1) Philippians 1:1-8 (Part 1) : Spiritual Truth About Encouragement
2) Philippians 1:1-8 (Part 2): Encouraging Others
3) Philippians 1:9-11: Flourishing Love
4) Philippians 1:12-18: Redeeming the Storms
5) Philippians 1:19-26: Paul's Dilemma
6) Philippians 1:27: Living Worthy of the Good News
Philippians 1 : 1-8 (Part 1) : Spiritual Truth About Encouragement
The book of Philippians is actually a letter Paul wrote to a church that he started and wanted to see spiritually grow and prosper. When he wrote Philippians he was confined for preaching the gospel, for basically for being a Christian. He is locked in a house, under house arrest, with a guard at the door, and he cannot leave. He is stuck there, so he spends his time remembering, thinking, and praying for the churches that he is ministering to. And he writes letters to them. That is how he spends his time. And one day he sat down at a little wooden table and took out a fresh piece of parchment, a quill, and a little saucer of ink and thinks about what he wants to write to the church at Philippi. What is he going to say? He stirs the ink a little bit, just kind of wondering what to write.
And then the corners of his mouth turn up with a smile because he knows what God has put on his heart to say to them. He starts the letter by saying, "Paul and Timothy, servants of Christ Jesus, to the saints in Christ Jesus at Philippi, together with all the overseers and the deacons, the leaders who are there. Grace and peace to you from God our Father and the Lord Jesus Christ. I thank my God every time I remember you. In all my prayers, for all of you I always pray with joy because of your partnership in the gospel from the first day until now. Being confident of this, that he who began a good work in you will carry it on to completion until the day of Christ Jesus. It is right for me to feel this way about all of you since I have you in my heart. For whether I am in chains or in God's grace with defending and confirming the gospel, all of you share with me. God can testify how I long for all of you with the affection of Christ Jesus." Can you hear his excitement, his passion, his love for that family of believers in Philippi? How would you like to receive a letter like that? How would you like to gain that kind of encouragement?
Encouragement is to bring courage to someone else's life. Christianity in Philippi was challenged by the local religious cults and hated by the businesses. False religions and cults can be big business. Statues and images made by artisans bring a tidy profit for their makers. The marketing of animals for sacrifices and all the paraphernalia used in all the intricacies of cultic worship also were profitable businesses. Paul himself was thrown in jail because he disrupted a sorceress working in a fortune telling business. But despite the opposition the church at Philippi flourished. But at the time Paul wrote this letter it needed encouragement.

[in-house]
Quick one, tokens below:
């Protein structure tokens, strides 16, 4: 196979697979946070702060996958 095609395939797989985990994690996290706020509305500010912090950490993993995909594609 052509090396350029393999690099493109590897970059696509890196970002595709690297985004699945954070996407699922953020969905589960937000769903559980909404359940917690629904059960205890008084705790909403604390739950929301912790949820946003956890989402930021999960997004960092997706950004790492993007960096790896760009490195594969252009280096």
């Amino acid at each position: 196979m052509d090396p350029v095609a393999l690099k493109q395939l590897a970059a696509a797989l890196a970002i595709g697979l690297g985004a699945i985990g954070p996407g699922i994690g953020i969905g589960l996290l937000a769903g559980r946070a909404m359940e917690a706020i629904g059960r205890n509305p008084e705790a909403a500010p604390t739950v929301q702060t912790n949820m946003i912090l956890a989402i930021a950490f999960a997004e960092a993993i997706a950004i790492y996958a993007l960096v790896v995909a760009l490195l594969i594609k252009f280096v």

The world we live in sometimes is discouraging. Things come our way, people say things, or people do not say things that dishearten us. We need to hear encouraging words from those who care about us. And sometimes there is just silence and it breaks our heart. I was working on my car one afternoon a few weeks ago, lying on a creeper and I had a country music station on the TV and all of a sudden I heard a song that made me pick up and take interest. It talked about discouragement. These were the words.
"I watched him take the two-strike home, he hadn't tried to swing at all, I guess he had all he could take, he walked away for goodness sake. His father's voice was loud and mean. 'You won't amount to anything.' That little boy quit trying. He just walked away. There were teardrops on his face. Tell me how would you feel. You'd probably give up too if nobody believed in you.
"That old man said, 'One more try. I know I'm not too old to drive. I promise, son, I'll do my best. This time I'm going to pass the test.' 'Give me the keys, Dad, and get in.' His father never drove again. That old man quit trying. He just turned away. There were teardrops on his face. Tell me how would you feel. You'd probably give up too if nobody believed in you.
"We take His name out of school. The lawyers say it breaks the rules. The Pledge of Allegiance can't be read and 'Under God' should not be said. I wonder how much He will take. I just pray it's not too late. What if God quit trying? He just turned away. There were teardrops on His face. Tell me how would you feel. You'd probably give up too if nobody believed in you. Tell me how would you feel. You'd probably give up too if nobody believed in you."
Whether you're eight or eighty or somewhere in between, we need to know that the ones we care about, care about us. That is human encouragement. Our hearts yearn to hear "I believe in you" from somebody else. I remember being an eight-year old boy on that ball field. Full count, everyone watching, and I am hoping it is going to be a ball or maybe the ball will hit me so that I could "take one for the team." And I know that someday Scott's going to say, "Dad, give me those keys." And I need to know that even though I could not hit the ball or maybe I cannot drive anymore, I am still important to him, that I am loved, that I am significant. Our hearts long to hear those words, "I believe in you."